Latex is found in everyday items, including gloves, underwear bands, tennis shoes, balloons, rubber bands, condoms, and even the nipples on baby bottles and pacifiers. It's easy to imagine how terrifying it would be if you had a severe latex allergy that caused anaphylaxis. Even if you are not allergic to this versatile material, the variety of products that contain it may surprise you (via the American College of Allergy, Asthma, and Immunology).
So, precisely what is latex? Latex is a natural rubber to which some people may develop an allergy if repeatedly exposed. The reaction may begin mildly, but it can quickly escalate into a severe anaphylactic reaction with little warning.
According to the Mayo Clinic, people allergic to latex may experience anaphylaxis simply by inhaling latex particles in the air. People who work in health care or other industries that frequently use latex gloves are more likely to develop a latex allergy. Furthermore, people with multiple surgical procedures or hospital visits are more likely to develop a latex allergy, putting them at risk for anaphylactic reactions.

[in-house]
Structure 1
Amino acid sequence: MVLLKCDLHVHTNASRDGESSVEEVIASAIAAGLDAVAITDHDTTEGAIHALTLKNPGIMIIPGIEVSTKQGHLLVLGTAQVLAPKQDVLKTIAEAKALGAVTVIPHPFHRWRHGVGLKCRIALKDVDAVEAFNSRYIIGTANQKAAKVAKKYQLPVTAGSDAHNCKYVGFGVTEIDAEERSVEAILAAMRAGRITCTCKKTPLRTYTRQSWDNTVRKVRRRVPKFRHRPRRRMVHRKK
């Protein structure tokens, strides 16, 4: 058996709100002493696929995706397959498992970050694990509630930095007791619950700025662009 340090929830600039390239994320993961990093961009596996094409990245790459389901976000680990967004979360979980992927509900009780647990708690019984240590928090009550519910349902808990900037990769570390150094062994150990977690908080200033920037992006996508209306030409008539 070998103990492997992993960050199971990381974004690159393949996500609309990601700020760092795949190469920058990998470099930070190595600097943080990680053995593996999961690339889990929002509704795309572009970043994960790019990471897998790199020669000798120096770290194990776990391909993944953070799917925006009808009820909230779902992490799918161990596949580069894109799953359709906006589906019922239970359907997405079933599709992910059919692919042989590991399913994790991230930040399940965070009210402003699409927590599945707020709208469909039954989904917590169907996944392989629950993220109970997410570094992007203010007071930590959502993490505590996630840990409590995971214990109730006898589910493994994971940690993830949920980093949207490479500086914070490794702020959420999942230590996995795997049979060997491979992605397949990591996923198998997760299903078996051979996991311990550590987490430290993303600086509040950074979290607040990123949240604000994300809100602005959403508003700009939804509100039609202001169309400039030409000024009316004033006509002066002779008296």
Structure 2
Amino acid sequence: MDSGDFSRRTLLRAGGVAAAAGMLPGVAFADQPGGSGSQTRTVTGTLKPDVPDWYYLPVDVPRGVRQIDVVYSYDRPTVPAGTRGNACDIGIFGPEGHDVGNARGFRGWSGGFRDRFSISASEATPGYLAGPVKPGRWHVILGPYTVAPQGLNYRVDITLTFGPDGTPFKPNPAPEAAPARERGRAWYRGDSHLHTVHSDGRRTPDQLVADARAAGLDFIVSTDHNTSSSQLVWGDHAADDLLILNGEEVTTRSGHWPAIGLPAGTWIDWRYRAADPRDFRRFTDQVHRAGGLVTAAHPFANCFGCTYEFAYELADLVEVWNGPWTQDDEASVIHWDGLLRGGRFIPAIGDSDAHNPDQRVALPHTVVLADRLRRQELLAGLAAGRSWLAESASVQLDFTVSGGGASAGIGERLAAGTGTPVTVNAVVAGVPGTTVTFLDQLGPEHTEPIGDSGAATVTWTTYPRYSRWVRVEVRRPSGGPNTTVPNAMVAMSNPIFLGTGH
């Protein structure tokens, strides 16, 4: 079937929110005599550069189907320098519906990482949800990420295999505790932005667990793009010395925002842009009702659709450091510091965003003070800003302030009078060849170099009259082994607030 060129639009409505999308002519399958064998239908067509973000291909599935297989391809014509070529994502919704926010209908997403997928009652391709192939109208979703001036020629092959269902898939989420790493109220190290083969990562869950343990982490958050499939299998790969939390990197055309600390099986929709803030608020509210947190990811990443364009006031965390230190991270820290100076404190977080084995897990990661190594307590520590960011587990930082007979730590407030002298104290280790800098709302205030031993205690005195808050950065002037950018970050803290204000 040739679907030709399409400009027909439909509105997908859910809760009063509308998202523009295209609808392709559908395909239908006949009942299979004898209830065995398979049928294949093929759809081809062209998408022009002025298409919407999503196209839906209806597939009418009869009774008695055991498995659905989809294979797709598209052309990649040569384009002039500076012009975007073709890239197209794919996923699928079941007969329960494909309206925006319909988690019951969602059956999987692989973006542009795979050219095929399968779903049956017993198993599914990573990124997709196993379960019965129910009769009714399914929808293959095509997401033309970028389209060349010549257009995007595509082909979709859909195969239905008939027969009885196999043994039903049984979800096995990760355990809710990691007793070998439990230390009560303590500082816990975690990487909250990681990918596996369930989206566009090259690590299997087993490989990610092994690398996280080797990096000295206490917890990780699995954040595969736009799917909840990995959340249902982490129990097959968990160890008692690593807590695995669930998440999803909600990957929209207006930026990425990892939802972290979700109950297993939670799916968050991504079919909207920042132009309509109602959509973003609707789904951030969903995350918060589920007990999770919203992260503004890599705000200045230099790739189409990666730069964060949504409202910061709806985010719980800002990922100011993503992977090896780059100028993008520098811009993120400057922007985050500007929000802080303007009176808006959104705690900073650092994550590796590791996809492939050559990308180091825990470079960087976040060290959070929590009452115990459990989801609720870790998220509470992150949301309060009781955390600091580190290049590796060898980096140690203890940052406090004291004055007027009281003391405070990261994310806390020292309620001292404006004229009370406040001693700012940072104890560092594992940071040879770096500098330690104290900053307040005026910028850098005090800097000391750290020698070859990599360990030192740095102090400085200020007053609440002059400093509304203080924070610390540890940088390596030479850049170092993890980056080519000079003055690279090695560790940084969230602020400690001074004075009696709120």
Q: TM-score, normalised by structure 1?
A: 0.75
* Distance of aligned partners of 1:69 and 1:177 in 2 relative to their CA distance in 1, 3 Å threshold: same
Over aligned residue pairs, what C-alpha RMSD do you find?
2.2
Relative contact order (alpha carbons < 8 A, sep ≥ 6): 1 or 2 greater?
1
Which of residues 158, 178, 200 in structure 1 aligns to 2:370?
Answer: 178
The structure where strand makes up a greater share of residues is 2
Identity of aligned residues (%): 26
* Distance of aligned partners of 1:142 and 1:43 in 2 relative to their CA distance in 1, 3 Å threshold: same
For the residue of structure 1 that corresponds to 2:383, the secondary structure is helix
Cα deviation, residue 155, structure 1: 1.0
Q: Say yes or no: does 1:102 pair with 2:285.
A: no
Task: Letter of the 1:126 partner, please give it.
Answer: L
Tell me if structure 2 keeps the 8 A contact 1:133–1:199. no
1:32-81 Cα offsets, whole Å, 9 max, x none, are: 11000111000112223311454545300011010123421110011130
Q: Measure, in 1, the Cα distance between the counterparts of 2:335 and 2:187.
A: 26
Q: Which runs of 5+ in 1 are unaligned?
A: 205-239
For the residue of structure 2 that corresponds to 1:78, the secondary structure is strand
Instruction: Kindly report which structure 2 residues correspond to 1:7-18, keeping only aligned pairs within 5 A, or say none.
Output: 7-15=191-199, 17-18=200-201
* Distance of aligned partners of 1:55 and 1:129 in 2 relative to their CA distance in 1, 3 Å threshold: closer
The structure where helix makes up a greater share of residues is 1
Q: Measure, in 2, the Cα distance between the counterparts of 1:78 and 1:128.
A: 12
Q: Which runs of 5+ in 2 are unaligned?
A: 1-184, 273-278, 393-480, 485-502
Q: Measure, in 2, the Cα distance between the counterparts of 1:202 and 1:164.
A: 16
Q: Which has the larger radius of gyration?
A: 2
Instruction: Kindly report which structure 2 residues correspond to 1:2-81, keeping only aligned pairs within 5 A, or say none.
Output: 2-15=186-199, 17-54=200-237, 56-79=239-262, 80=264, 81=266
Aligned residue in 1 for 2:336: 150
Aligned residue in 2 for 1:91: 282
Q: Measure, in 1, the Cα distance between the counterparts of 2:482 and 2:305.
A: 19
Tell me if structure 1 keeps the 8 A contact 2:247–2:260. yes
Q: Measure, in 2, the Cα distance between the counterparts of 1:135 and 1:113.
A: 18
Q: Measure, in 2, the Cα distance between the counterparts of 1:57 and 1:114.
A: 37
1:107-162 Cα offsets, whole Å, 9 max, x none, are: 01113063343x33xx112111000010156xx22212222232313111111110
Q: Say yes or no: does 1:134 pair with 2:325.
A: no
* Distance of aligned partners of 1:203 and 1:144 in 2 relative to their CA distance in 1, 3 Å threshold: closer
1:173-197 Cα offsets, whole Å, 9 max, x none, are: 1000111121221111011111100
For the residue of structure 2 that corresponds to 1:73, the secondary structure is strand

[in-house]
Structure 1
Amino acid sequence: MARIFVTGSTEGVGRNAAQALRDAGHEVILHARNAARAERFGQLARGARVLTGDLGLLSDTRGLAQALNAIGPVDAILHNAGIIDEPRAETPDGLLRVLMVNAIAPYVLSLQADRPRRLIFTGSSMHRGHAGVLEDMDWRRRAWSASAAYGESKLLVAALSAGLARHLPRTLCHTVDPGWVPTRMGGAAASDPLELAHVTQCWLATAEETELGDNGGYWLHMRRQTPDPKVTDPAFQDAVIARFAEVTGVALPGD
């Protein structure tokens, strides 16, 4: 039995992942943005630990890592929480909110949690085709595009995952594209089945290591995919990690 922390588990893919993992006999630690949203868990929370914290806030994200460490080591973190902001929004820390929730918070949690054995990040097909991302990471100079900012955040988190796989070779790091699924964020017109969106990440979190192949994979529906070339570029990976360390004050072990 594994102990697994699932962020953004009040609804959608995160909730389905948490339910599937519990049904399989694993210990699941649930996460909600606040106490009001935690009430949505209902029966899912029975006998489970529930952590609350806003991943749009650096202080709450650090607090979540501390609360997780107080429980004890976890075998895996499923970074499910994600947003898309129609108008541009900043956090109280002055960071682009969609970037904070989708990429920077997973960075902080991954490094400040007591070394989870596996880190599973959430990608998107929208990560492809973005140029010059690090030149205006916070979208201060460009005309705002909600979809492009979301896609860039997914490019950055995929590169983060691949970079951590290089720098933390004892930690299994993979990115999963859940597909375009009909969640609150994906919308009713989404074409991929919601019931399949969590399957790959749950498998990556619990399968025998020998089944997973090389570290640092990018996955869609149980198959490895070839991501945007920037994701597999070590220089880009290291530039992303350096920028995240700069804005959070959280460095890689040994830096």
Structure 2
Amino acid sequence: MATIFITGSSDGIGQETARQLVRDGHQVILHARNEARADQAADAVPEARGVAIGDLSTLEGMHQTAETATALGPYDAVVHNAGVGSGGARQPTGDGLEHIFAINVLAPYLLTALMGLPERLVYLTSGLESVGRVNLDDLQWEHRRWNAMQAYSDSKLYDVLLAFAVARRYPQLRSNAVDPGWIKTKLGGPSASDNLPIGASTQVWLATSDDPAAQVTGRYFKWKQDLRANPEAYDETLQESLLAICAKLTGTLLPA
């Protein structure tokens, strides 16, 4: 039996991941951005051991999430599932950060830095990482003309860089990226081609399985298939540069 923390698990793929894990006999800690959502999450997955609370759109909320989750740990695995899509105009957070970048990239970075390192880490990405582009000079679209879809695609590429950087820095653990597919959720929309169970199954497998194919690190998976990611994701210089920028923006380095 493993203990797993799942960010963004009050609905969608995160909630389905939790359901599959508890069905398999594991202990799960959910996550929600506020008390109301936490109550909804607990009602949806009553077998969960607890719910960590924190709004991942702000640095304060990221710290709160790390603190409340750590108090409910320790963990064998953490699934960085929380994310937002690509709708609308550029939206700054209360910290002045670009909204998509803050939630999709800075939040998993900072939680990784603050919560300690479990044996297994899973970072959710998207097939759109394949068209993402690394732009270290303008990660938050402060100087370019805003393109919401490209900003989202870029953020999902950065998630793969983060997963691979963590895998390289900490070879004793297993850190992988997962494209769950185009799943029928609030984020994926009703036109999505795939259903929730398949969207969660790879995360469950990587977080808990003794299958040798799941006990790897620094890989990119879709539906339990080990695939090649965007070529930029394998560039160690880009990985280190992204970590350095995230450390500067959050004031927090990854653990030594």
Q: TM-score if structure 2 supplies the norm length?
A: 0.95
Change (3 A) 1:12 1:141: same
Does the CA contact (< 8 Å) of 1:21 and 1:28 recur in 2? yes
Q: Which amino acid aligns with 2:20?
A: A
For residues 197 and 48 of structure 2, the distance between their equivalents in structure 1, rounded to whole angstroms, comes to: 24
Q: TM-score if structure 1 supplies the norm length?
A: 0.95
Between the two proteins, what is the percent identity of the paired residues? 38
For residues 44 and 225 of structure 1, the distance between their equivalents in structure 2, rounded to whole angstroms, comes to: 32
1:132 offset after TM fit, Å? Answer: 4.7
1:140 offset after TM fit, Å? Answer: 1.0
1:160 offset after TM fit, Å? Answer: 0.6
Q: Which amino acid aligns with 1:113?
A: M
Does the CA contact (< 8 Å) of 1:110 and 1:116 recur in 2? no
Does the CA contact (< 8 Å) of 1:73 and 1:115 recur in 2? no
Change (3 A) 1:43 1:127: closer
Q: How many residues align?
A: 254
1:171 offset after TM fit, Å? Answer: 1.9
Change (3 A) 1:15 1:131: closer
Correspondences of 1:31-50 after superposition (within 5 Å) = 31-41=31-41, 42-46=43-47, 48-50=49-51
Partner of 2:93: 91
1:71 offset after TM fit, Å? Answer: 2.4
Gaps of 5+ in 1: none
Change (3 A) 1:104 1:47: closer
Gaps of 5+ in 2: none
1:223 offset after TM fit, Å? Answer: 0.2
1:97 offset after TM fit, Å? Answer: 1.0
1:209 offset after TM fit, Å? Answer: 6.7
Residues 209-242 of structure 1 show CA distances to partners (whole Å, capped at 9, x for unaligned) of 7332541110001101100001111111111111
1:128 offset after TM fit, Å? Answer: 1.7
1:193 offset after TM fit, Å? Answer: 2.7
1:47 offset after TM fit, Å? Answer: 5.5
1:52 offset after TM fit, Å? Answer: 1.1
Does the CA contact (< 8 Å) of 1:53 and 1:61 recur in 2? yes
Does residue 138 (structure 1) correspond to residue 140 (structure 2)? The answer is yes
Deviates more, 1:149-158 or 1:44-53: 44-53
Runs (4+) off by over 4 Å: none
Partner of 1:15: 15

There are several ways to avoid latex allergy-related anaphylaxis, according to the Centers for Disease Control and Prevention (CDC). One is to avoid products containing latex, which can be difficult as it is found in many everyday products. Latex substitutes such as nitrile or vinyl gloves are another option. Lastly, people with a known latex allergy should always keep an EpiPen.